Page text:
VisualSVN Server Repository Backup/Restore

I have a Windows Server 2008 with VisualSVN Server hosting a repository. On the client computers I have TortoiseSVN client.

How can I create a backup of my repository that is hosted on the server and then restore it?

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  • 2 Solutions collect form web for “VisualSVN Server Repository Backup/Restore”

    From http://www.visualsvn.com/support/topic/00012/ :


    You can backup your repositories using svnadmin hotcopy Subversion command. For further details please refer to the Subversion documentation.

    Please note that all other VisualSVN Server related data (such as user rights settings) are stored in your repositories topmost folder (C:\Repositories by default). You should backup them separately.


    To save the data only (without hooks, configuration, etc.), use svnadmin dump. You can even use it incrementally.

    Starting with Subversion 1.7 you can run svn dump remotely via svnrdump.

    Depending on your backup capacity you may choose to always do hotcopy, or do hotcopy once in a while, complete svn dump more often, and incremental svn dump every night, etc.

    Starting with VisualSVN Server 3.6 version, the server includes a built-in scheduled repository backup and restore feature. Moreover, the 3.6 release adds scheduled verification of SVN repositories.

    Setting up scheduled repository backup and verification for your Subversion repositories is only a matter of minutes. For step-by-step instructions, please see the article KB106: Getting Started with Backup and Restore.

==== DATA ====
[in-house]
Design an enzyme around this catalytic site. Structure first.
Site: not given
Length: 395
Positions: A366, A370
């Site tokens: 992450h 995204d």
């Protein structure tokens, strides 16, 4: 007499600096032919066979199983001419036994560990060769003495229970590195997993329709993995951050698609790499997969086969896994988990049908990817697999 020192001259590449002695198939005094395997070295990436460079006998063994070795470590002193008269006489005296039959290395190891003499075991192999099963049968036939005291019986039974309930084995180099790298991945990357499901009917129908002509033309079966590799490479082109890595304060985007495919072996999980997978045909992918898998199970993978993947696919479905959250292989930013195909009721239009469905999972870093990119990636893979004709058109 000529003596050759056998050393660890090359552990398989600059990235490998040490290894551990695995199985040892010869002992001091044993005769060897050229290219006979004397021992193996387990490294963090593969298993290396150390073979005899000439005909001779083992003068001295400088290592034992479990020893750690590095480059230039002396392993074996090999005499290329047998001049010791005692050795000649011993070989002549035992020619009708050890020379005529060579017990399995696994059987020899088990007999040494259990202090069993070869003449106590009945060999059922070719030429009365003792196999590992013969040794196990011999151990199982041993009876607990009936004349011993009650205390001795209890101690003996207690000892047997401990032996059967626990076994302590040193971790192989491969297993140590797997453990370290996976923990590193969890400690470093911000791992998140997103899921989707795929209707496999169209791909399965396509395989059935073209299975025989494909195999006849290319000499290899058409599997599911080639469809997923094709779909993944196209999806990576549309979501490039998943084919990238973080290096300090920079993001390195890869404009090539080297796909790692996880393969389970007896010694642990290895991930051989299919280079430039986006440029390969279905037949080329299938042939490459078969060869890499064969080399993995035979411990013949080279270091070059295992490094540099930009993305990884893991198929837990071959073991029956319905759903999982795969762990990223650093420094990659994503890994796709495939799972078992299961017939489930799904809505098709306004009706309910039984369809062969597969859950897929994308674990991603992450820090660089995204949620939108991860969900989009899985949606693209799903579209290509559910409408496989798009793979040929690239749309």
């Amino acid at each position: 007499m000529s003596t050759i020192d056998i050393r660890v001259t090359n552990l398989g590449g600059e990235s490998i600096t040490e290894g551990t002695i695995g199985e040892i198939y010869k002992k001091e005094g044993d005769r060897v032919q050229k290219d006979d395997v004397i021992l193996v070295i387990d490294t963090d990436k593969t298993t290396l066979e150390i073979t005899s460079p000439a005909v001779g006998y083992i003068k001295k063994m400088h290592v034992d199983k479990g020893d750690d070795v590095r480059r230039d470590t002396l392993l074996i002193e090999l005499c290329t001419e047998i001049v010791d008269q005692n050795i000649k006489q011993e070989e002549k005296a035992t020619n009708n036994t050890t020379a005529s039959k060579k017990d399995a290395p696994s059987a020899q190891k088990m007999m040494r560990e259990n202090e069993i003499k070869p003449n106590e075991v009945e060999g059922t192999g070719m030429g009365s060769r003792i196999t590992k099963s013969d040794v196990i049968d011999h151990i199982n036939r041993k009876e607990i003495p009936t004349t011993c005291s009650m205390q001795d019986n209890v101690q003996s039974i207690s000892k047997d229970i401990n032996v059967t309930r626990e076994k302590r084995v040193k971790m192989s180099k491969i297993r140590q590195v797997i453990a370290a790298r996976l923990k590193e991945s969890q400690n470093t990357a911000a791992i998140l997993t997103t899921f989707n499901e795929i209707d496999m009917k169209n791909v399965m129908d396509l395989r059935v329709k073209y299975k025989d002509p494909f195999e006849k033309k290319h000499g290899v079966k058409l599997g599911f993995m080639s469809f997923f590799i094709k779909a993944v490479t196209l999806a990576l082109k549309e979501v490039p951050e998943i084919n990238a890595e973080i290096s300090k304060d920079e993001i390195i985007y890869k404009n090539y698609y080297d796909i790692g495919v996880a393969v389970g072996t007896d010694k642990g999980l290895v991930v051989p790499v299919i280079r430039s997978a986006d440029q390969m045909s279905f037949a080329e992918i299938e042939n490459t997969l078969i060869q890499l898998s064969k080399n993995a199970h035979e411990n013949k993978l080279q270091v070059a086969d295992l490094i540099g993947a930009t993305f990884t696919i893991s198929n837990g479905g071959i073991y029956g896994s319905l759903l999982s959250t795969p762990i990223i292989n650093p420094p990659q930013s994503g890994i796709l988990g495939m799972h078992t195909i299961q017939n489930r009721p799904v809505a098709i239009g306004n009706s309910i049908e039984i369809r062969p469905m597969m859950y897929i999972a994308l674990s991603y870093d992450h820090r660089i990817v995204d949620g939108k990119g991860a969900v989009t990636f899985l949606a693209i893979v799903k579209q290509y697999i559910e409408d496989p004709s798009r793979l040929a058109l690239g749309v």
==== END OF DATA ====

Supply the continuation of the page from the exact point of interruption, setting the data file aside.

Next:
If you look for a one-time backup, you could use
    Backup-SvnRepository PowerShell cmdlet. To recover the
    repository, use Restore-SvnRepository.

    Download the latest version of VisualSVN Server from the main download page.


    There are several other methods to backup VisualSVN Server repositories. Check the short description below.

    1. svnadmin hotcopy tool

    svnadmin hotcopy allows you to make a safe copy of the repository, regardless of whether other processes are using the repository. You may write a custom script which will do the backup for your repositories on a regular basis.

    You can consider the following article from SVNBook to learn more about Subversion repositories backup: http://www.visualsvn.com/support/svnbook/reposadmin/maint/#svn.reposadmin.maint.backup

    2. svnsync tool

    This is the incremental backup method. Incremental backup method backups only the portion of the repository data that has changed since the previous backup. You can set up this tool to work as “master” and “slave” and duplicate any commits to its repositories automatically.

    See the “svnsync” article for further details: http://www.visualsvn.com/support/svnbook/ref/svnsync/

    3. Volume Shadow Copy backup

    VisualSVN Server and all configurations related to it can be backed up using the Volume Shadow copy.

    Though there might be a problem if you make a Volume Shadow Copy while somebody commits to Subversion repository, the last revision of the repository probably might be corrupted. However it can be easily recovered using svnadmin recover command.

    Except repositories, you should backup the following pieces of information:

    1. Authentication and authorization files that are stored in the repositories root (‘C:\Repositories’ by default). Depending on your settings, there should be the following files: ‘authz’, ‘authz-windows’ and ‘htpasswd’.

    2. %VISUALSVN_SERVER%\certs\ folder where information about your SSL-certificates is stored.

    3. %VISUALSVN_SERVER%\conf\ folder where configuration files of your VisualSVN Server are stored.

    4. HKEY_LOCAL_MACHINE\SOFTWARE\VisualSVN\VisualSVN Server\ registry key where other part of server’s configuration is stored.

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